Raw and rough after a year away from the sport, Stephens has shown remarkable form just weeks into her return from a lengthy absence for a debilitating foot injury.
While Vandeweghe finally seems intent on fulfilling on avowed potential as a champion player, Keys has capped an impressive run this fortnight by reaching the final, after struggling for several months with her left wrist.
The presence of Venus, after all these years, and the emergence of these three young contenders is a portent that has been long awaited by the USTA.
If this marks the beginning of a new era in American tennis, the country owes a large debt of gratitude to the Williams family. Their emergence from the troubled neighbourhood of Compton in Los Angeles injected new life into the flagging fortunes of American tennis.
Even as their country’s tennis resources dried up, the Williams sisters kept the American dream afloat on the sheer strength of their determination. The two sisters have combined to collect 30 Grand Slam titles enduring injury, personal trauma, loss in interest, form and an upsurge of European contenders.
Their stories of inspiration and feats of endurance have come to define the aspirations of a new generation of kids that seem ready to bring the harvest home.
Sloane Stephens made no bones about her appreciation for the contributions of her opponent. “I think Venus is just our leader. I think as a whole, she’s just like what everyone looks up to. She’s a great player, a great person. She’s a great leader,” emphasised the American after reaching the semis.
“Being on Fed Cup teams with her, like, there is not anything bad you can say about Venus. I’m just honoured to be able to play at the same time as her. I’m happy she’s still playing. She means a lot to the game.”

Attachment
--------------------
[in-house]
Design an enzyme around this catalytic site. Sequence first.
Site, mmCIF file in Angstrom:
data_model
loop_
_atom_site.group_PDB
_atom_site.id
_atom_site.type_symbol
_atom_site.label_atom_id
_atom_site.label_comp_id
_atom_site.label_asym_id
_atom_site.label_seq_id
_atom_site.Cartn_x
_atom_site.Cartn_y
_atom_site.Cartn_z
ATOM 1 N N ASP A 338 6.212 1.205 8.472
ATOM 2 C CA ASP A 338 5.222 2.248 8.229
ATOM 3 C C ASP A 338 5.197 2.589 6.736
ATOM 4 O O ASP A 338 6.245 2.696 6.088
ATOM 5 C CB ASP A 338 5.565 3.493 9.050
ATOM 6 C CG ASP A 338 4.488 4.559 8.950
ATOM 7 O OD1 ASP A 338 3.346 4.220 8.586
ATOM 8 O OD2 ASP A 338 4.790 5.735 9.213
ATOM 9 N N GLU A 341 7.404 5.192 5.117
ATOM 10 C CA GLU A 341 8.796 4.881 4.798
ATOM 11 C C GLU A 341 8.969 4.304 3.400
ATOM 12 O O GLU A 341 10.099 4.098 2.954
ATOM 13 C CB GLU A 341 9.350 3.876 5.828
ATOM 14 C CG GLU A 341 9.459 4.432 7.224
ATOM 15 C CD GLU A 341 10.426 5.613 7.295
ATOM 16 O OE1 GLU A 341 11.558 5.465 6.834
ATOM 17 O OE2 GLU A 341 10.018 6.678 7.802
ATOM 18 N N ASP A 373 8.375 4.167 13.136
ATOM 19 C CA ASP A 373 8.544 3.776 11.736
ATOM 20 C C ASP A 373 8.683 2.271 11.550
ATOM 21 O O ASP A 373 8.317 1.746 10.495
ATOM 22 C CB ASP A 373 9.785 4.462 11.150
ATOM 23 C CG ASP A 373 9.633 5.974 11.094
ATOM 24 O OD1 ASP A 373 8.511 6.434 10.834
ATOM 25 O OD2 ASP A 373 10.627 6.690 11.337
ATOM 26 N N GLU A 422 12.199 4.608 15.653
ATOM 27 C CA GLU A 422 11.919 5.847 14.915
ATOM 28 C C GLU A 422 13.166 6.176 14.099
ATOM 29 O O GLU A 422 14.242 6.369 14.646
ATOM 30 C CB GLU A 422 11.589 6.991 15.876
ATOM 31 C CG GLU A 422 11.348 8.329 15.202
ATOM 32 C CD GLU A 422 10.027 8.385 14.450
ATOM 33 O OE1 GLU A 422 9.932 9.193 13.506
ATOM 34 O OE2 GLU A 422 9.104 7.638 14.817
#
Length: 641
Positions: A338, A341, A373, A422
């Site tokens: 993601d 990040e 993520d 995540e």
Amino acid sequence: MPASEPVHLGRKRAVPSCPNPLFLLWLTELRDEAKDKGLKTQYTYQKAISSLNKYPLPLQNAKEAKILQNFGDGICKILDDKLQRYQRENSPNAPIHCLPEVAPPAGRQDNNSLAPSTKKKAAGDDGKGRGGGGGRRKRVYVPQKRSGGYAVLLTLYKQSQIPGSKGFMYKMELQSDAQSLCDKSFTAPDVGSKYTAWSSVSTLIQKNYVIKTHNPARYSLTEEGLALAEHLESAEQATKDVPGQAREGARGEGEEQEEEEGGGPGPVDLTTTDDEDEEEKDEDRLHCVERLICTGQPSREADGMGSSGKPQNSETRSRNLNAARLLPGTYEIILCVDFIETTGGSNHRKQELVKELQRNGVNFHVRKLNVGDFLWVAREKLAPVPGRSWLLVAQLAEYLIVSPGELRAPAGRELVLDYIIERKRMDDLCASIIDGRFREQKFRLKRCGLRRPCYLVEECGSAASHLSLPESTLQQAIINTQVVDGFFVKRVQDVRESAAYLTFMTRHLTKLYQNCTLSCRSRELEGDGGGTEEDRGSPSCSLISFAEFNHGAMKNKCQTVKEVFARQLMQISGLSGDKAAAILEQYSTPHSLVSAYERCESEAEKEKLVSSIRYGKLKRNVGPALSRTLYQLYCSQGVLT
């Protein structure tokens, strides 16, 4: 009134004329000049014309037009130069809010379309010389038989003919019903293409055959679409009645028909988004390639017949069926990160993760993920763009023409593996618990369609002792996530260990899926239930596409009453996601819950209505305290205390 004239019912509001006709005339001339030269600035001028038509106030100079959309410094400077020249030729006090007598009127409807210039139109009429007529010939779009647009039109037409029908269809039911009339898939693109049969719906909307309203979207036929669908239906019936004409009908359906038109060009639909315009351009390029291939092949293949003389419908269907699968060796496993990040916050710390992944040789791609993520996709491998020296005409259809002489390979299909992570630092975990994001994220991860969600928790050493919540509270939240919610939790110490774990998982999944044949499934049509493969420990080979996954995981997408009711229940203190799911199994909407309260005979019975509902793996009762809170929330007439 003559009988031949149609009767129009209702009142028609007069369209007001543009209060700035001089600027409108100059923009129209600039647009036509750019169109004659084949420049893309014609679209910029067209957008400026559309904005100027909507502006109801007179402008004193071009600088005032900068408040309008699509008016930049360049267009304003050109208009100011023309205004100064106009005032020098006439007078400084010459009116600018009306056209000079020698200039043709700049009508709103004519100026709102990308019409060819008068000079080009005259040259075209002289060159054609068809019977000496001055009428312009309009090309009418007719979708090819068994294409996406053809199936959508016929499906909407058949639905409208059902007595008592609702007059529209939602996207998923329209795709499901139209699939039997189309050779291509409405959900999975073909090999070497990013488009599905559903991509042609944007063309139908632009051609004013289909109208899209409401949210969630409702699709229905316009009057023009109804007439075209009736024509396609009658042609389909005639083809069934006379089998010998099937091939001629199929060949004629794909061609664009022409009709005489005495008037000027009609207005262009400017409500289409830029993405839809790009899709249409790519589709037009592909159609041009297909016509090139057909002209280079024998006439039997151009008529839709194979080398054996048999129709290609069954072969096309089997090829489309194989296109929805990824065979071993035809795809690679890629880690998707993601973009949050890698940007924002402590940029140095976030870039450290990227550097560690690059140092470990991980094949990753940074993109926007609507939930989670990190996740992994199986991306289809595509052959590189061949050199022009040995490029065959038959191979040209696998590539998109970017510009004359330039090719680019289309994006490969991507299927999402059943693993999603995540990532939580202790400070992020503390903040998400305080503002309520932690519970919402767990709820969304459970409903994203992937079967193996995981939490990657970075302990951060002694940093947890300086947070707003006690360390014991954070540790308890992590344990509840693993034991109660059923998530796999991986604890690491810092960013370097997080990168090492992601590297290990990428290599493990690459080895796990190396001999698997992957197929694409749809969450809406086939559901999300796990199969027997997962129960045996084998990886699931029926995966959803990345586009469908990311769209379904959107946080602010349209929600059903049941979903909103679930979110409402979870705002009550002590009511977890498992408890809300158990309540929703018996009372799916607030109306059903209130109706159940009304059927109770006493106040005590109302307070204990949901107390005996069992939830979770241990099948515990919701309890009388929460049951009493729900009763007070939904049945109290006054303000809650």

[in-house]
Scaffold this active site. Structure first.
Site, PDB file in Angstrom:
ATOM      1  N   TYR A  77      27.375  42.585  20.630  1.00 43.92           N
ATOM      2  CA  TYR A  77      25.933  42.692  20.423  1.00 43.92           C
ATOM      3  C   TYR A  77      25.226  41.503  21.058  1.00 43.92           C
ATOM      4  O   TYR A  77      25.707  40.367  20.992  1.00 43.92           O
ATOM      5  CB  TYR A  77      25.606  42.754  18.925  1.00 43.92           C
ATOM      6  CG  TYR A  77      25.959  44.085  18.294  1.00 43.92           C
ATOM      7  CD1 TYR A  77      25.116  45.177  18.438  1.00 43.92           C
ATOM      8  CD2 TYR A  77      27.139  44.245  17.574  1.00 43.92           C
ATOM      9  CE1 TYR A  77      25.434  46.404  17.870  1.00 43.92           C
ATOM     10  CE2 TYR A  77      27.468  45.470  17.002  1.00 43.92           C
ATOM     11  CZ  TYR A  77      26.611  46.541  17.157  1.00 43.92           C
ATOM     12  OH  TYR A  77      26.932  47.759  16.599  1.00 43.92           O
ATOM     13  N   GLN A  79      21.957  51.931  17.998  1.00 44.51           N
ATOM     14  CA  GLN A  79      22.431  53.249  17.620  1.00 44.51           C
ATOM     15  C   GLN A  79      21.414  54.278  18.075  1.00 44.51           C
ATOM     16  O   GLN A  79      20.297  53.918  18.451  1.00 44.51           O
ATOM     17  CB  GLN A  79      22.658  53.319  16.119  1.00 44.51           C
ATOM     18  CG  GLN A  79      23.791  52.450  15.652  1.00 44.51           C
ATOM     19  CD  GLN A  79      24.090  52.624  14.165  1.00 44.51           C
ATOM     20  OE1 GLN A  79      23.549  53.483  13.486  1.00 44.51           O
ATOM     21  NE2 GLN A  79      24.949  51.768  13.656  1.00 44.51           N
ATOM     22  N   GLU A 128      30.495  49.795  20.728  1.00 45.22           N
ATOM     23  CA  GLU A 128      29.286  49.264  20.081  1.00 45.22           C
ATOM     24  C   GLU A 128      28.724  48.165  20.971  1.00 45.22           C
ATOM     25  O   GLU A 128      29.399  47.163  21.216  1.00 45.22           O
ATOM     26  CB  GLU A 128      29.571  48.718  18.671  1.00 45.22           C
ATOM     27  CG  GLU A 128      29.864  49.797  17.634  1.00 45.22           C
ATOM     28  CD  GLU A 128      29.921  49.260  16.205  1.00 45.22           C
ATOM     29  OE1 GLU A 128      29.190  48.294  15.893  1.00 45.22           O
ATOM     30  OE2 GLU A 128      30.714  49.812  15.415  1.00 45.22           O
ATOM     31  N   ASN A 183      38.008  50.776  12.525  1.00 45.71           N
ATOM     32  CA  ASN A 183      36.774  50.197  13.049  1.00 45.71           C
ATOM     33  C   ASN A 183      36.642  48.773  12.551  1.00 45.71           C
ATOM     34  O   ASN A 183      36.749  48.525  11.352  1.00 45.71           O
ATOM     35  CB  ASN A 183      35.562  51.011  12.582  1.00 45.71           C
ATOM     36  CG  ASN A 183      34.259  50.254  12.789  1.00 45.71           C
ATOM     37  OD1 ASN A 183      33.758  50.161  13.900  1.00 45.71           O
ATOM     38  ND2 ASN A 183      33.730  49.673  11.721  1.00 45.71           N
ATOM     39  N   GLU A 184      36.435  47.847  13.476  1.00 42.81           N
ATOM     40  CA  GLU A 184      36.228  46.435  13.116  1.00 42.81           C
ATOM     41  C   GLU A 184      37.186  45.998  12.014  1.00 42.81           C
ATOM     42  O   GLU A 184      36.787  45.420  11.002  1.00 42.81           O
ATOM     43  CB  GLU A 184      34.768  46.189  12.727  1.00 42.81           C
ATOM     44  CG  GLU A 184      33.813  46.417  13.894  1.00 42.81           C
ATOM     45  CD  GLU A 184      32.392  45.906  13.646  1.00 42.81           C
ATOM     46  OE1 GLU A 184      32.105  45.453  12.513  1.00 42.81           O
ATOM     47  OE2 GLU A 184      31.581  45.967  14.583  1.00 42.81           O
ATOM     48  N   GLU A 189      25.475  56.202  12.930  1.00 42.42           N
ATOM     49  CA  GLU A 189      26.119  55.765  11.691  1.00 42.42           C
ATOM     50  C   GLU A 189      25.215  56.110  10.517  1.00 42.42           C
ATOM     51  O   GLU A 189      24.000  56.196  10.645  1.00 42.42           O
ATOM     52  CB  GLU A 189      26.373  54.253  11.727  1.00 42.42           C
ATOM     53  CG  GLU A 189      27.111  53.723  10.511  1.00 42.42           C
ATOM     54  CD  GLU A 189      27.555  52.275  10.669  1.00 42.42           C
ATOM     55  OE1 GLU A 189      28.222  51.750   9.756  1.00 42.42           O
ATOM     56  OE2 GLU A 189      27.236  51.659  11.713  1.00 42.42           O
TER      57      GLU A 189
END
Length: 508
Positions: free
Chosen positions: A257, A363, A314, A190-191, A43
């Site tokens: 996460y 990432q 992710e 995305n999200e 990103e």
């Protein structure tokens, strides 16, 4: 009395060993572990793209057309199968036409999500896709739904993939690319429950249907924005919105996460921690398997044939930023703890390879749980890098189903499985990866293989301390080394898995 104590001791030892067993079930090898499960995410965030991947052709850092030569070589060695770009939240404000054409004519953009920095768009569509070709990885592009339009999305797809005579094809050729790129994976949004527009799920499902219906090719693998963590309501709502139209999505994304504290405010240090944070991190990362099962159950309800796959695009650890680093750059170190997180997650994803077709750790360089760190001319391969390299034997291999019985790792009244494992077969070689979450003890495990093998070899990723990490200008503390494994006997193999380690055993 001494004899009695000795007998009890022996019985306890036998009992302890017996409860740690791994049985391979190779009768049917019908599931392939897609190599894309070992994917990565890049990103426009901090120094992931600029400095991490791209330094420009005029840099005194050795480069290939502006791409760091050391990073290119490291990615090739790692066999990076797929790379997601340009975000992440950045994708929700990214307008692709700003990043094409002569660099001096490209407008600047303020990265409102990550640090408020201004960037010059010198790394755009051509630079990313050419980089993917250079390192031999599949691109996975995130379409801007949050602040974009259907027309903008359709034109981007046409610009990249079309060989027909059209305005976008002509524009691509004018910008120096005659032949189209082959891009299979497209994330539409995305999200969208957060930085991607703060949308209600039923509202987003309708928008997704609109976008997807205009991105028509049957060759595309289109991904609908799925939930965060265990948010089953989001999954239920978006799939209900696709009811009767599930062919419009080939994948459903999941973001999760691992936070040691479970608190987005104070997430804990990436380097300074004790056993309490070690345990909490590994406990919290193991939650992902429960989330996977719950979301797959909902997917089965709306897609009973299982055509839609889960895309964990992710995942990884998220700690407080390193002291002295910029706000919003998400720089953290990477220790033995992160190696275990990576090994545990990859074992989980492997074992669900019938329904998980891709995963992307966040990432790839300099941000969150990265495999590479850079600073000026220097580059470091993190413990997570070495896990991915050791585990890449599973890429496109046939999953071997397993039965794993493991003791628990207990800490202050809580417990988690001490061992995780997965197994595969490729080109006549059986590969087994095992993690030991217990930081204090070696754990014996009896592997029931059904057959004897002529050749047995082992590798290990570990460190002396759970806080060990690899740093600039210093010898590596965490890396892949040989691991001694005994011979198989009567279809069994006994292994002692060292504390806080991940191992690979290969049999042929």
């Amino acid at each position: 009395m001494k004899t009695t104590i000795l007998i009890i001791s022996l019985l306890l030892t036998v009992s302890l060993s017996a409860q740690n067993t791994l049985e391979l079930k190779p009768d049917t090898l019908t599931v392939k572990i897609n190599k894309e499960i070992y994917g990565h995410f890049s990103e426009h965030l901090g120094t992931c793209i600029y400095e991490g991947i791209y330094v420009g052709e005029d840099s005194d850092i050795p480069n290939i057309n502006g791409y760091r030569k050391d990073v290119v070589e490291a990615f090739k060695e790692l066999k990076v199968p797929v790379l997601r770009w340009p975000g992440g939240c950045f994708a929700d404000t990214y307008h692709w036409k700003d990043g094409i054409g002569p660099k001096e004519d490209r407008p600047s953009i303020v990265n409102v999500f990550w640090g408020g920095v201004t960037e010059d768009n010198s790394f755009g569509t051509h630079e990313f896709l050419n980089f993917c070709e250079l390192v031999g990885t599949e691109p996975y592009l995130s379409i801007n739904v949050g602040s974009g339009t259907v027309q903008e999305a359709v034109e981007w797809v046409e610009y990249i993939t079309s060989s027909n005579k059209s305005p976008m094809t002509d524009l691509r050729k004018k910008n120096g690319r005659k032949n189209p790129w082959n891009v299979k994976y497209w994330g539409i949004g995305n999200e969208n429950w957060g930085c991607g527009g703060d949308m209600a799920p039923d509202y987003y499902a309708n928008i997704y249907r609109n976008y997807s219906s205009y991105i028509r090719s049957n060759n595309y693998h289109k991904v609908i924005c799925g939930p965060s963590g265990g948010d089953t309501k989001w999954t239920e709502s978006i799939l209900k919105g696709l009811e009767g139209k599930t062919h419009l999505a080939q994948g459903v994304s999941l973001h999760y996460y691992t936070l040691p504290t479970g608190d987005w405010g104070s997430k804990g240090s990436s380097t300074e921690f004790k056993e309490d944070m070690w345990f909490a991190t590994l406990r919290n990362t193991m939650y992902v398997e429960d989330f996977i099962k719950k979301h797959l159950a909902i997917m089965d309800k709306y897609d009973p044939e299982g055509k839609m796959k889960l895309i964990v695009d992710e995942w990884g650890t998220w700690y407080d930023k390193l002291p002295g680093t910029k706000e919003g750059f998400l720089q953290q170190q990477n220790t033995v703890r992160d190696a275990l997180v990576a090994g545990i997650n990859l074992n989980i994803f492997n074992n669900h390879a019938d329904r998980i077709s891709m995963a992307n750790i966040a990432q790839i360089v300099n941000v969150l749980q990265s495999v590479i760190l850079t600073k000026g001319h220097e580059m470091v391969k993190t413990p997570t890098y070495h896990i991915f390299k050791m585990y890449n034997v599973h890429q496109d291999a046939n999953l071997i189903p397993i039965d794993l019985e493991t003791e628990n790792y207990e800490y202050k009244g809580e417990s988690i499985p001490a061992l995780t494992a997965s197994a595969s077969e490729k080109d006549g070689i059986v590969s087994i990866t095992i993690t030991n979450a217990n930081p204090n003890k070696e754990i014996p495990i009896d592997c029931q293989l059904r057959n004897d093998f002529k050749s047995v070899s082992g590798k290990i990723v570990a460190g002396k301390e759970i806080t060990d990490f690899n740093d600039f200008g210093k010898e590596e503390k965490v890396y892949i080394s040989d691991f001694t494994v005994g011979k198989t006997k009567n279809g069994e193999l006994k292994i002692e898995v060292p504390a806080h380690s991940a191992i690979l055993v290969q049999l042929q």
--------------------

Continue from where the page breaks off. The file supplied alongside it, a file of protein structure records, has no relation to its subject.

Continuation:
The game needed this
The eighties were a glorious period for American tennis. Navratilova and Evert along with Zina Garrison and Kathy Rinaldi made the Wimbledon semi-finals in 1985, underlining the dominance of American stars during the period. In fact, seven of the eight quarter-finalists in London that year were from the USA.
After all these years, it appears that the persistence and success and Venus and Serena is rubbing off again on American tennis. With the USTA investing well over $60 million for the development of tennis, there could be plenty other stars in the pipeline.
The USTA National Campus in Lake Nona has 100 courts, including clay courts made with clay from Europe. The Orlando facility is expected to be a “game changer” for the sport in America. The American resurgence could not have timed itself any better, especially considering the volatility that has gripped women’s tennis.
The current world No. 1 Karolina Pliskova managed to hold on to the crown for a mere eight weeks. Garbine Muguruza is set to be the fourth women in just over a year to occupy the top slot on the WTA rankings.
Under the circumstances, an all-American final on Saturday could be just the right prescription for women’s tennis. The television ratings are set to spike up this weekend as America and the world tunes in to celebrate the first all-American final in the US Open since Serena beat Venus in 2002.